Your Life Will Change
Before Val was born, a thousand people said this to us. Most often, this came from sort of grizzled folk, people for whom I'd gather parenthood wasn't something they necessarily chose to take on. They'd say this, shaking their heads at all the freedoms we were going to lose because of this tiny person, lamenting the losses we'd now face as a result of being parents.
Even then, I thought they were full of shit.
Yes, of course our lives would change. We anticipated sleeping less (that's very much proven to be true), doing more laundry (also true) and having more toys in the house. So far, all true.
I don't think we fully grasped how much our lives would change. But not because, suddenly, it's a lot harder for us to go out boozing all the time and having orgies. Because believe it or not, that stuff wasn't part of our lives before Valerie's arrival.
Yes, our lives have changed. But not one single bit that's changed is awful. You get used to being tired. You buy more detergent. You find more places to store toys.
What's changed the most for us is things I never would have expected. I stand up to people who make stupid comments about me, about my kid. Things like "she's ornamental, isn't that funny?" No, actually it's not. Yes, I'm aware that we've been friends for years and years, dear man, but it just hit home -- you're a racist. Nice knowing you, pal. My half-Asian daughter does not need to think for one moment that her parents would willingly subject her to someone who finds speaking about her that way funny.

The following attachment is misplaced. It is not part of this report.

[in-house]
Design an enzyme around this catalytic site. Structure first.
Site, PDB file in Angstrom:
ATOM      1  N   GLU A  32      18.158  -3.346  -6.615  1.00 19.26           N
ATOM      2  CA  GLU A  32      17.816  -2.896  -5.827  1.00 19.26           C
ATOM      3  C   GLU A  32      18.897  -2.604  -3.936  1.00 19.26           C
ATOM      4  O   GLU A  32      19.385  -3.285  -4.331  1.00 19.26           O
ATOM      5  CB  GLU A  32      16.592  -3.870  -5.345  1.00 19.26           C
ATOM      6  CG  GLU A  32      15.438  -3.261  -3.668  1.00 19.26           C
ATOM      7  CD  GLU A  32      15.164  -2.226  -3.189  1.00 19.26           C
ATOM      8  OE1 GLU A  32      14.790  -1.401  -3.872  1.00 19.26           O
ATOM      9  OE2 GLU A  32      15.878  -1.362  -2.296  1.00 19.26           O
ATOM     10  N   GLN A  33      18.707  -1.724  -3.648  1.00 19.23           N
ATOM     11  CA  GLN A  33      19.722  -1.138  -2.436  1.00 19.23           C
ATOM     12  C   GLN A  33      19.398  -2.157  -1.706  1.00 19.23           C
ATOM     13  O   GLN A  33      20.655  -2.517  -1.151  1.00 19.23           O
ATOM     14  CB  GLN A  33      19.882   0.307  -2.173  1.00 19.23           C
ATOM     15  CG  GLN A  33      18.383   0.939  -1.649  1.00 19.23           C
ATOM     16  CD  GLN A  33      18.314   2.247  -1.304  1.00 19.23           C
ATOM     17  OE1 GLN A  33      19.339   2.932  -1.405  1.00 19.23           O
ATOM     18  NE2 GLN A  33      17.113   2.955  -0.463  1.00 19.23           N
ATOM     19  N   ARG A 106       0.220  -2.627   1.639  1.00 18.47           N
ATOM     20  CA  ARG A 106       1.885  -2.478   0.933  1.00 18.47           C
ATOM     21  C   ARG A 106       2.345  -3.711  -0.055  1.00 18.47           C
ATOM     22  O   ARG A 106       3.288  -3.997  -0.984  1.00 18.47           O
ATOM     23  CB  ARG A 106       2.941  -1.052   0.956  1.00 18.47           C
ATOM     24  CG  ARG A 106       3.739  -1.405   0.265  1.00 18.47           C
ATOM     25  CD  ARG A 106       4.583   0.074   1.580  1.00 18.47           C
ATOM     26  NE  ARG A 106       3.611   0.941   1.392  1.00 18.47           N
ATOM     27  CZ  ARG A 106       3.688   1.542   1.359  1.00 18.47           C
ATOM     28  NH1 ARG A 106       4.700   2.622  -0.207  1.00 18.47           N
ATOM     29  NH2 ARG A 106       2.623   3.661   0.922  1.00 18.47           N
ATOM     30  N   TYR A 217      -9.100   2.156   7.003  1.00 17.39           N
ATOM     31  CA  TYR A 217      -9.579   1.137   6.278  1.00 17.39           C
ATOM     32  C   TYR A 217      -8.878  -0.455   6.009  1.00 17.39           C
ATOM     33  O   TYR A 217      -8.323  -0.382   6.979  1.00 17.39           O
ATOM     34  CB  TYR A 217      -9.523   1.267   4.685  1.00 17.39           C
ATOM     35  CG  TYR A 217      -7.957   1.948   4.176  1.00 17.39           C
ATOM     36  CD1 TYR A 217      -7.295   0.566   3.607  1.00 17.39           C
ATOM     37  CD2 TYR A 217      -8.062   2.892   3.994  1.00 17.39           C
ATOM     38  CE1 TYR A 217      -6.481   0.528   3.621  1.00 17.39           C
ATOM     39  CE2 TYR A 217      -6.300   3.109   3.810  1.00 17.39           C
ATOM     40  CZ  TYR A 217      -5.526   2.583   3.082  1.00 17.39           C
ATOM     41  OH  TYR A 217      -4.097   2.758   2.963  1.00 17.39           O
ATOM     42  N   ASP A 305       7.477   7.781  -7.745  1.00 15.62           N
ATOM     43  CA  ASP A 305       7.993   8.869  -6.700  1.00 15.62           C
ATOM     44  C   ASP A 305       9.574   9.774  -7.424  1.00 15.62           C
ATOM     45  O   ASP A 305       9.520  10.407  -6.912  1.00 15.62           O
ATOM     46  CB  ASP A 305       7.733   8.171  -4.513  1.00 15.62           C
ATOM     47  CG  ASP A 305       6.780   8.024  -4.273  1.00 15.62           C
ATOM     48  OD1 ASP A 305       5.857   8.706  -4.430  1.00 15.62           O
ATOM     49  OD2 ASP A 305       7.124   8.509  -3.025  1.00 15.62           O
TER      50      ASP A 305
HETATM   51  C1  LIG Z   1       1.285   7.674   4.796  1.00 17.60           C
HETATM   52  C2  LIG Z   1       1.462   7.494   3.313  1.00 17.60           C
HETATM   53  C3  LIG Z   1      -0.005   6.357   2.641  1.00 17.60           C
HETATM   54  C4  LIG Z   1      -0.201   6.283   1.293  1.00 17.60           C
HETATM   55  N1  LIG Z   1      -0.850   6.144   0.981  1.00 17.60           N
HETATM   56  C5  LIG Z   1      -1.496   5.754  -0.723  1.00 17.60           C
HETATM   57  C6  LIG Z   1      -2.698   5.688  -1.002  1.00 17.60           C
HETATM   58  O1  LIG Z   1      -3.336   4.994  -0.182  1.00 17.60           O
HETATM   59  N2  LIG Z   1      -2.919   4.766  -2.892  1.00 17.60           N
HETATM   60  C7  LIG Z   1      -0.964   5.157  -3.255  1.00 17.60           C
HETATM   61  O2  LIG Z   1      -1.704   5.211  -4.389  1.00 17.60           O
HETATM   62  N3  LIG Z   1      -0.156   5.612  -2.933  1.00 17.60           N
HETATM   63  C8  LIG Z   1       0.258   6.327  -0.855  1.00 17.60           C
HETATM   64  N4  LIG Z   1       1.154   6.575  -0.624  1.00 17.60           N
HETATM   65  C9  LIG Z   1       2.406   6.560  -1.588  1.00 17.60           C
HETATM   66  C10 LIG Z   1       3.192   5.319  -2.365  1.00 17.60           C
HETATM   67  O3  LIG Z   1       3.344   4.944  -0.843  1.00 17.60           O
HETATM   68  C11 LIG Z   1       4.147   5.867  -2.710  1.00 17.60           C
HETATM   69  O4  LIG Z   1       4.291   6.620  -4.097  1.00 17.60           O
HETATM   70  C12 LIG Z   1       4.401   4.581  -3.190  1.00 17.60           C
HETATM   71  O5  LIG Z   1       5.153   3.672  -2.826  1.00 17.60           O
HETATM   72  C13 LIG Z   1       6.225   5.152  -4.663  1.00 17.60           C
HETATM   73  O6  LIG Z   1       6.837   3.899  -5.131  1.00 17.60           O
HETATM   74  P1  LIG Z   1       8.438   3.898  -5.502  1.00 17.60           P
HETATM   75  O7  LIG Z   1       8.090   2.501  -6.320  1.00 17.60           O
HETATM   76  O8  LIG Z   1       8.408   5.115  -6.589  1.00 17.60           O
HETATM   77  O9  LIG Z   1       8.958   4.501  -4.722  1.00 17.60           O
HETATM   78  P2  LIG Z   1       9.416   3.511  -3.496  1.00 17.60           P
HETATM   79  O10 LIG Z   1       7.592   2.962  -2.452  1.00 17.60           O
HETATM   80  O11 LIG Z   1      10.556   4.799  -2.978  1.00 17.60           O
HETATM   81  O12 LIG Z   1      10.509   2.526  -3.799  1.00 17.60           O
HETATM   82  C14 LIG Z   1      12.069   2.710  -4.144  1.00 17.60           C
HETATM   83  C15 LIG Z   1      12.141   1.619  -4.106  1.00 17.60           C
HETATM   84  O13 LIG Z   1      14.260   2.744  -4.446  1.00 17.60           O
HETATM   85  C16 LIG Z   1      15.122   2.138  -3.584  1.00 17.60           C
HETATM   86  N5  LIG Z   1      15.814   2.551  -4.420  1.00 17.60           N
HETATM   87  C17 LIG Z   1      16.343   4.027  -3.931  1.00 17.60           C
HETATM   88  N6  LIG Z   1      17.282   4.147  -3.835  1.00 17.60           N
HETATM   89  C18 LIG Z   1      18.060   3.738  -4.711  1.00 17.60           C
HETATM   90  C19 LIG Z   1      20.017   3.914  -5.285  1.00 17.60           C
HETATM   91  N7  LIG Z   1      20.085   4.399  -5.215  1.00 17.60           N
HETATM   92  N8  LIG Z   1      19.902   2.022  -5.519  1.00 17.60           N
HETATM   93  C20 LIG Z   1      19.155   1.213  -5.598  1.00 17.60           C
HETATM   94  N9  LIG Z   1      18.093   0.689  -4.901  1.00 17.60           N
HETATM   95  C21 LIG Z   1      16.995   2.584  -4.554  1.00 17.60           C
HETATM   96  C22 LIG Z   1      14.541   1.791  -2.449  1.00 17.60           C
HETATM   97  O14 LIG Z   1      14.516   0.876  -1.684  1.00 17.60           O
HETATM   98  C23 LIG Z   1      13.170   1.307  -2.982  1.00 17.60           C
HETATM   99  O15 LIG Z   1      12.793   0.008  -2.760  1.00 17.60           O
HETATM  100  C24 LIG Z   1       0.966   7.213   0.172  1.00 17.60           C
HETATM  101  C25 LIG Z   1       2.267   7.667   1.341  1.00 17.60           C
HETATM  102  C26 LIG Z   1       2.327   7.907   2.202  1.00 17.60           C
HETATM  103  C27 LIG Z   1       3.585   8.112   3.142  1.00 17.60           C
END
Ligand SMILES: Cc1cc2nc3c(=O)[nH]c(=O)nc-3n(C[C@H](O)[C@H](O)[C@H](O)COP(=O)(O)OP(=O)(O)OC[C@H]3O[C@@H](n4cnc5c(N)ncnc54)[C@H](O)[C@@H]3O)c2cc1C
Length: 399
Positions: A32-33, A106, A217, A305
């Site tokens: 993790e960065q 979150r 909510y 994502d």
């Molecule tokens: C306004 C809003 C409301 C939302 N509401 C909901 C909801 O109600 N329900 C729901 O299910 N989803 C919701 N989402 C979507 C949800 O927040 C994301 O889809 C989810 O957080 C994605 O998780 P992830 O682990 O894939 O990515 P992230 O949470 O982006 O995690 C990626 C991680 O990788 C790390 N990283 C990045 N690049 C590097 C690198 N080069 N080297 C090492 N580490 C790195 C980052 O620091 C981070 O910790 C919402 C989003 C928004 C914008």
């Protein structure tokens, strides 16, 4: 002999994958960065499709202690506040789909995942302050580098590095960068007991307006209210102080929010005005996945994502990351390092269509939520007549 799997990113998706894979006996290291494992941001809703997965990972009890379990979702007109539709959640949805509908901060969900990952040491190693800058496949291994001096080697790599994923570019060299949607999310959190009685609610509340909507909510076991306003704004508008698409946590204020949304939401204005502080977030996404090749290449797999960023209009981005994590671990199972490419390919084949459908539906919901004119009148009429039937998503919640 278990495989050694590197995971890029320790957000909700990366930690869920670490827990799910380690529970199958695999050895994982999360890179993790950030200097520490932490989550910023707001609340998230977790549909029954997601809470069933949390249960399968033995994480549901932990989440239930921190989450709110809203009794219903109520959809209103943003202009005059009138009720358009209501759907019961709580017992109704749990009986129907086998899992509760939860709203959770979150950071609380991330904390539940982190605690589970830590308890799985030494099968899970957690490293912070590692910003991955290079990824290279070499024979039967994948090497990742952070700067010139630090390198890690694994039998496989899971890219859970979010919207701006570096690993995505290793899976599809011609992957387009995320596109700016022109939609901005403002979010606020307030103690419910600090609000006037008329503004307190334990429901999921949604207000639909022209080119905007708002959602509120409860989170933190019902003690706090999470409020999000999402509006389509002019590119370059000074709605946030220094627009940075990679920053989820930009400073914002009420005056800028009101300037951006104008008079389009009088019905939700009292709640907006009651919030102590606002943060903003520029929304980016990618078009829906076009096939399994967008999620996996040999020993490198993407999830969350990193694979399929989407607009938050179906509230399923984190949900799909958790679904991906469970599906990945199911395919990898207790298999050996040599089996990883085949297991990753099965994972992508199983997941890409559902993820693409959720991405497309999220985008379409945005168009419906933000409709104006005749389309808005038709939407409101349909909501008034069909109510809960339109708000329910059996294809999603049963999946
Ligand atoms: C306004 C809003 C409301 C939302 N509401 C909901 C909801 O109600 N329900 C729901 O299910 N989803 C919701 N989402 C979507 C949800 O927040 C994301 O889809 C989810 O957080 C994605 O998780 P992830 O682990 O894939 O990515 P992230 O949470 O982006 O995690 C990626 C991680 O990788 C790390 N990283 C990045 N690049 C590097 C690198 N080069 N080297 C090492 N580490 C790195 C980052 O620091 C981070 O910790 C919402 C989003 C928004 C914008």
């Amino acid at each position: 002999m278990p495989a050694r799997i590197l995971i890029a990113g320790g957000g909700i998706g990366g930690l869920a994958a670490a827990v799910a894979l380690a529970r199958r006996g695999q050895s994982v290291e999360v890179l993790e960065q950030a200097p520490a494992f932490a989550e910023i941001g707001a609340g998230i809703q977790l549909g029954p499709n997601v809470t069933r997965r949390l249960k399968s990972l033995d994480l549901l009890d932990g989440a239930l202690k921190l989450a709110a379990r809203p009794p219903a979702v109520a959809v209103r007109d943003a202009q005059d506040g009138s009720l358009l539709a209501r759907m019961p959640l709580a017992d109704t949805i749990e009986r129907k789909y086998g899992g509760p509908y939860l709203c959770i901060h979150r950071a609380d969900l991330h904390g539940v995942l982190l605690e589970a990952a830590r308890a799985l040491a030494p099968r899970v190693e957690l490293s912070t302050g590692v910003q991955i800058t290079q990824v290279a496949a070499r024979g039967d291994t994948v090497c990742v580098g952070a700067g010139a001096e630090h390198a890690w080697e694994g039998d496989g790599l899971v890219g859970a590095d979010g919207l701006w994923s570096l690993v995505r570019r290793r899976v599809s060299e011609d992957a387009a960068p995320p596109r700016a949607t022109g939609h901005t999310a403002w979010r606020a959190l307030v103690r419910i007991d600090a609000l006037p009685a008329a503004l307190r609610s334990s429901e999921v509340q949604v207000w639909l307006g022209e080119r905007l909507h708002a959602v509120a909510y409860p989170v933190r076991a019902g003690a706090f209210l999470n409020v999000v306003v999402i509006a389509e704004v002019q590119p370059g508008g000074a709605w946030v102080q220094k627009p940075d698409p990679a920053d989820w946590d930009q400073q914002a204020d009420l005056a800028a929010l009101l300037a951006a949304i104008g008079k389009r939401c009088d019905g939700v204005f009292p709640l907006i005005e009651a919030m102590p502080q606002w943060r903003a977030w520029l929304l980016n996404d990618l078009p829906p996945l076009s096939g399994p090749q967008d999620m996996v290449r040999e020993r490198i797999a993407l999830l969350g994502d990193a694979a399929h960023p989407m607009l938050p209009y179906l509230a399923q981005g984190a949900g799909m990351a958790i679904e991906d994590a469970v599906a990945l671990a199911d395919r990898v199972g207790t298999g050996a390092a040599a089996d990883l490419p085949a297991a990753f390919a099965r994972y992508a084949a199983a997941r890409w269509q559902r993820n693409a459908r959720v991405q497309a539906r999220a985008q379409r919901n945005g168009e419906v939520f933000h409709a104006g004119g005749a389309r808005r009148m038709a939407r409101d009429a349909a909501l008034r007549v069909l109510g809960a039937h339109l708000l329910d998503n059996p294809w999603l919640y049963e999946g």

I talk about race more. I ask parents from different races questions about their race, about their children's races, how they find a place for their kids to feel at home. Whether it's schools or playgroups we're talking about, I now have this sort of odd license to ask things about race that I never would have dreamed before. I'm still wielding that license with great care and hope I can continue to do so as Val grows. She deserves that caution from me.
I'm ever more the playground vigilante. Your kid puts his hands on my kid? I'm not waiting to intervene, I'm there, removing my kid from the situation. But I'm not an idiot, I'm not looking to confront parents if I don't need to, I just want to move Val to a safer place.
My women friends and I talk more about our periods/bodies/fertility than I'd ever thought possible.
My fellow breastfeeders and I talk about breasts and the milk that flows from them more than I'd ever wanted to.
So, almost a year later, that's what's changed. More talking about race, less talking about playground incidents, more listening to other parents talk about things that might apply later.
I do not, for one second, lament the things I have 'lost' as a result of being a parent. Sure, we'd all like more time and privacy on the toilet but that's a small price to pay for the sight of a grinning wee girl.
Oh yeah, and we're working towards less cursing. Because as funny as it was the other day when Val leaned over and said 'Oh shit,' we'll probably want to put the kabosh on that before she hits preschool.